13. Guidelines for the application of upper-room ultraviolet germicidal irradiation for preventing transmission of airborne contagion -- Part 2: Design and operation guidance

    SciTech Connect

    First, M.W.; Nardell, E.A.; Chaisson, W.; Riley, R.

    1999-07-01

    Installations of ultraviolet germicidal irradiation (UVGI) have been stimulated recently by a sudden rise in the incidence of tuberculosis. Hospitals, jails, and homeless shelters have been the most frequently equipped facilities because they are places where many tuberculosis cases are found, the buildings housing them tend to be old and not suited for economical increases in air exchange rates, and the work staffs have been apprehensive about transmission to themselves and their families. The diversity in structures currently being equipped with UVGI installations, plus the introduction of new designs of lamps and fixtures, have made it clear that an updated review of equipment performance factors and practical installation guidelines will be useful to interested parties. Illustrative examples are given of installations that have been made in a diverse set of facilities. In addition, representative figures are given to compare the cost of HVAC installations and UVGI installations that give an equivalent number of air changes based on equal levels of reduction in airborne microorganisms.

  14. Theoretical and experimental studies of CH3X-Y2 rotational line shapes for atmospheric spectra modelling: application to room-temperature CH3Cl-O2.

    PubMed

    Buldyreva, Jeanna; Guinet, Mickaël; Eliet, Sophie; Hindle, Francis; Mouret, Gaël; Bocquet, Robin; Cuisset, Arnaud

    2011-12-07

    The case of symmetric tops CH(3)X (X = Br, Cl, F, …) perturbed by non-polar diatoms Y(2) (Y = N(2), O(2), …) is analysed from the viewpoint of theoretical collisional broadening of their rotational lines observed in atmospheric spectra. A semi-classical approach involving an exponential representation of the scattering operator and exact trajectories governed by the isotropic potential is presented. For the first time the active molecule is strictly treated as a symmetric top and the atom-atom interactions are included in the intermolecular potential model. It is shown for the CH(3)Cl-O(2) system that these interactions contribute significantly to the line width for all values of the rotational quantum numbers J and K. Additional testing of modifications required in the semi-classical formalism for a correct application of the cumulant expansion is performed and it is shown that the use of the cumulant average on the rotational states of the perturbing molecule leads to entirely negligible effects for the not very strongly interacting CH(3)Cl-O(2) system. In order to check the theoretical predictions and to extend the scarce experimental data available in the literature to higher values of the rotational quantum numbers, new measurements of room-temperature O(2)-broadened CH(3)Cl rotational lines are carried out by a photomixing continuous-wave terahertz spectrometer. The experimental line widths extracted with a Voigt profile model demonstrate an excellent agreement with theoretical results up to very high J-values (J = 31, 37, 40, 45, 50).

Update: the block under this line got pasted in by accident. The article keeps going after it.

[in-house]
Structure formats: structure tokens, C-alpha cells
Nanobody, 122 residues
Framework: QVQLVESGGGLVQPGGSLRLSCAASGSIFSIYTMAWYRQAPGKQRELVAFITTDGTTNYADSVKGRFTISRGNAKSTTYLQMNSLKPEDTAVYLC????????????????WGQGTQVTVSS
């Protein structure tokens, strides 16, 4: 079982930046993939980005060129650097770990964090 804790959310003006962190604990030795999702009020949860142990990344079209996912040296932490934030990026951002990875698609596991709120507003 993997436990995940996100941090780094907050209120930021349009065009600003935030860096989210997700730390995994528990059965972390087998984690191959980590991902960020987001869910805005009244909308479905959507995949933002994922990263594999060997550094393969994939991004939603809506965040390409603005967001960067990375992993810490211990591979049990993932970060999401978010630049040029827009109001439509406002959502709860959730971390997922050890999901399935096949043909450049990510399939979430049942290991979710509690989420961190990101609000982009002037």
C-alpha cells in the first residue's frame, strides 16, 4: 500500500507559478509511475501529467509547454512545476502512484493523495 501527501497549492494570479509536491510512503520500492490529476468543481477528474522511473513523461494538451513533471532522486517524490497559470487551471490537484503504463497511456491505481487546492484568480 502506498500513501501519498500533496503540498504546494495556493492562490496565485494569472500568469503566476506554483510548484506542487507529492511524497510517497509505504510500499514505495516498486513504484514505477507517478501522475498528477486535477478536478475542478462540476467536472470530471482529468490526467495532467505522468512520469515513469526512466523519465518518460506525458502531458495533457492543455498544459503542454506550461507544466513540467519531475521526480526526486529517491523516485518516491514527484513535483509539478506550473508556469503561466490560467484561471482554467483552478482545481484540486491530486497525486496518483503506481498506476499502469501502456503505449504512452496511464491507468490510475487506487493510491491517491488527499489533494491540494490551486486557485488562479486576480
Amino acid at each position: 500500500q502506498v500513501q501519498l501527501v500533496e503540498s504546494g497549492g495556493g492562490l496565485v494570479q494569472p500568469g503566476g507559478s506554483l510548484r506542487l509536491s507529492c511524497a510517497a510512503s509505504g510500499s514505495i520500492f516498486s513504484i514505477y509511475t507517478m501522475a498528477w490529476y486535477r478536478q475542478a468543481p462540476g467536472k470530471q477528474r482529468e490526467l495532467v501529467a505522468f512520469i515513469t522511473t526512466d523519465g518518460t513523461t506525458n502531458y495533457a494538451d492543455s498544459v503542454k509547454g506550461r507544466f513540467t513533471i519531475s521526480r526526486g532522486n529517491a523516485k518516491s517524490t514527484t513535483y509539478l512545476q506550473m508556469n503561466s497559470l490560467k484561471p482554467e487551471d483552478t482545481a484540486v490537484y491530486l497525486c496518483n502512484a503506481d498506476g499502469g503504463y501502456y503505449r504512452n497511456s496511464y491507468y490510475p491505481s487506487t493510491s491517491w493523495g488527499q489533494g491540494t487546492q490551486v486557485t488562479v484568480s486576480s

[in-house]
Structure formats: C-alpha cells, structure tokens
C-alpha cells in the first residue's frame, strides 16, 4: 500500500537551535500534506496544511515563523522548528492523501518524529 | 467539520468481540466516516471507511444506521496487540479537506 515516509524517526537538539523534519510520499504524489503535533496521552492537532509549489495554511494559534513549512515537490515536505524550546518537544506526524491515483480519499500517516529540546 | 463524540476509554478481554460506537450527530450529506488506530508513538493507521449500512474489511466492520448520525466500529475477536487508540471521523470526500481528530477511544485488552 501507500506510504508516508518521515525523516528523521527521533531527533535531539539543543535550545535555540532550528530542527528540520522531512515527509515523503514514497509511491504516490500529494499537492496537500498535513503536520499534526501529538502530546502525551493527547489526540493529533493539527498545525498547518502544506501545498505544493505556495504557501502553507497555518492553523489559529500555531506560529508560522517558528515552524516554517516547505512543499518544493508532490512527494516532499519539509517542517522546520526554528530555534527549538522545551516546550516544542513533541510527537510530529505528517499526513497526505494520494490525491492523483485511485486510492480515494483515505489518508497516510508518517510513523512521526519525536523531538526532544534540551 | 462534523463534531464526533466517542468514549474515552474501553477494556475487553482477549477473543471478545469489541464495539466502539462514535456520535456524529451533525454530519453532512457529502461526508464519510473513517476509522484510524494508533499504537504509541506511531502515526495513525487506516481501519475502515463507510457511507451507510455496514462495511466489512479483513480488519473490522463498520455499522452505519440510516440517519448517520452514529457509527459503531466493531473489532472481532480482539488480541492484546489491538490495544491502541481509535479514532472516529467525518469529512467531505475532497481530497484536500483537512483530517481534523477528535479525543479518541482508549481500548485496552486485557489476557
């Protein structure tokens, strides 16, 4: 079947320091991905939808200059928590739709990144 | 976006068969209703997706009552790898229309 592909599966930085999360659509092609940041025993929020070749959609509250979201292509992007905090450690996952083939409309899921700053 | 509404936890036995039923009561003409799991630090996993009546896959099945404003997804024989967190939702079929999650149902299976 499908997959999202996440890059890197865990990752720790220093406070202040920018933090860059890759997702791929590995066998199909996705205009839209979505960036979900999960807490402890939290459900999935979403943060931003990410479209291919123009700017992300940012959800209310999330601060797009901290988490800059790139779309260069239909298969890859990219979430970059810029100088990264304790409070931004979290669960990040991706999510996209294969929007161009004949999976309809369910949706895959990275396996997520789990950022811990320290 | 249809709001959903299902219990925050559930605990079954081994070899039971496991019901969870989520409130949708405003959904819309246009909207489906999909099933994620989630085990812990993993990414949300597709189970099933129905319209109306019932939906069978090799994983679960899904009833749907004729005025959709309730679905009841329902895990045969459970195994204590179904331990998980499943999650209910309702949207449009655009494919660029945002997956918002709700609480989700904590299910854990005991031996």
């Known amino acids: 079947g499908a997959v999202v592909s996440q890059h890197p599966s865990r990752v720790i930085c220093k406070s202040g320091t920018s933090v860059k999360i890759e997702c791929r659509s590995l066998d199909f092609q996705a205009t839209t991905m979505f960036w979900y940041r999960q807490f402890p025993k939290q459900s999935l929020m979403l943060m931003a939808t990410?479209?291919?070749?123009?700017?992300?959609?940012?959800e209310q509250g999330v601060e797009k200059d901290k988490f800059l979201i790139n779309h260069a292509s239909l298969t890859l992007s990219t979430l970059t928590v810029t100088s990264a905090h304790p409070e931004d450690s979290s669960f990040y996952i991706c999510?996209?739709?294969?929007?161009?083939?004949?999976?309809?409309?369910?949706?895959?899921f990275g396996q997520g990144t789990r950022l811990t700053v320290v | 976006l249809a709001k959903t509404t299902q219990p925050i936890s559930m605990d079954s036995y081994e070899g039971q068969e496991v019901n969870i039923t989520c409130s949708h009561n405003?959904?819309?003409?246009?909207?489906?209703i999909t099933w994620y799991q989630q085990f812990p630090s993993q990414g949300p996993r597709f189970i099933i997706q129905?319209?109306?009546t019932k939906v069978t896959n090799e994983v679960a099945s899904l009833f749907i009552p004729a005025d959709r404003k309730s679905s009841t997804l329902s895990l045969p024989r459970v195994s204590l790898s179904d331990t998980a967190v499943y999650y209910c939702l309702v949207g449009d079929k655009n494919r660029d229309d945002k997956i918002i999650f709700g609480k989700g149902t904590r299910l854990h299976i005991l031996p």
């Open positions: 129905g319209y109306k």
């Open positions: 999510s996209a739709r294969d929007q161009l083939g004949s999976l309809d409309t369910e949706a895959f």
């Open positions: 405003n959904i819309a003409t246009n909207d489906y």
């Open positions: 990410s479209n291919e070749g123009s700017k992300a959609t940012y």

15. The effect of gamma irradiation on curcumin component of Curcuma domestica

    NASA Astrophysics Data System (ADS)

    Chosdu, R.; Erizal; Iriawan, T.; Hilmy, N.

    1995-02-01

    The effect of gamma irradiation on curcumin component of Curcuma domestica rhizome were investigated. Pure curcumin, sliced and powdered rhizome with 10% of moisture content were irradiated at 0, 10, 30 and 50 kGy (dose rate of 6 kGy/h). Curcumin content was analysed using HPLC method and ESR spectra. Results show that free radicals are already present in unirradiated rhizome. Gamma irradiation at the doses of 10, 30 and 50 kGy induced the free radicals formation of pure curcumin and Curcuma domestica rhizome. The ESR spectra of irradiated rhizome gave a very similar spectra to the signal of irradiated pure curcumin. The percentage of free radicals intensity from pure curcumin was very stable at room temperature up to 670 hours of storage. However, the percentage intensity of free radicals in the irradiated rhizome were decay during storage. Irradiation treatment and storage time did not give a significant change on curcumin content, water activity, pH and moisture content of rhizome investigated.